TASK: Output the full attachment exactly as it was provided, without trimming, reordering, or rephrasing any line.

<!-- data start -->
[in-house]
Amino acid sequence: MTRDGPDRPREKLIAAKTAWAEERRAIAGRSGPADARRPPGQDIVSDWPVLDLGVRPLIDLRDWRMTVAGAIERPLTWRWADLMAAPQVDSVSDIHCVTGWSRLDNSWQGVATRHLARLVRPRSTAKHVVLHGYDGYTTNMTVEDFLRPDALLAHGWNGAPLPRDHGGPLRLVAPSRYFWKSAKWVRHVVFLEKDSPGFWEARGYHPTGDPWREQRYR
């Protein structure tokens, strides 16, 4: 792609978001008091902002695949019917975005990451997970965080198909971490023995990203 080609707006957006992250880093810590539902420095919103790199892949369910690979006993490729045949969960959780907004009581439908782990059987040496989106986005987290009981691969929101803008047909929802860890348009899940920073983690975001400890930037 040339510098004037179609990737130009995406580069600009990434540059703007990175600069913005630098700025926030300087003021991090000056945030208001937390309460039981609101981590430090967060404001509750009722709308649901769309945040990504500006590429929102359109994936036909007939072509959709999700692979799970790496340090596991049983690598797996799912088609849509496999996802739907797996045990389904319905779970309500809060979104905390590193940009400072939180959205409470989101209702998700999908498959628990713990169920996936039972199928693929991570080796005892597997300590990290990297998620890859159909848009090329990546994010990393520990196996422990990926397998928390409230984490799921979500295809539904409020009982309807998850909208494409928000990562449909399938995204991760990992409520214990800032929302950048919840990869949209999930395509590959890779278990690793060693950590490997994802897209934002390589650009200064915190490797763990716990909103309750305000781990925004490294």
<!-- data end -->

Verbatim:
[in-house]
Amino acid sequence: MTRDGPDRPREKLIAAKTAWAEERRAIAGRSGPADARRPPGQDIVSDWPVLDLGVRPLIDLRDWRMTVAGAIERPLTWRWADLMAAPQVDSVSDIHCVTGWSRLDNSWQGVATRHLARLVRPRSTAKHVVLHGYDGYTTNMTVEDFLRPDALLAHGWNGAPLPRDHGGPLRLVAPSRYFWKSAKWVRHVVFLEKDSPGFWEARGYHPTGDPWREQRYR
């Protein structure tokens, strides 16, 4: 792609978001008091902002695949019917975005990451997970965080198909971490023995990203 080609707006957006992250880093810590539902420095919103790199892949369910690979006993490729045949969960959780907004009581439908782990059987040496989106986005987290009981691969929101803008047909929802860890348009899940920073983690975001400890930037 040339510098004037179609990737130009995406580069600009990434540059703007990175600069913005630098700025926030300087003021991090000056945030208001937390309460039981609101981590430090967060404001509750009722709308649901769309945040990504500006590429929102359109994936036909007939072509959709999700692979799970790496340090596991049983690598797996799912088609849509496999996802739907797996045990389904319905779970309500809060979104905390590193940009400072939180959205409470989101209702998700999908498959628990713990169920996936039972199928693929991570080796005892597997300590990290990297998620890859159909848009090329990546994010990393520990196996422990990926397998928390409230984490799921979500295809539904409020009982309807998850909208494409928000990562449909399938995204991760990992409520214990800032929302950048919840990869949209999930395509590959890779278990690793060693950590490997994802897209934002390589650009200064915190490797763990716990909103309750305000781990925004490294």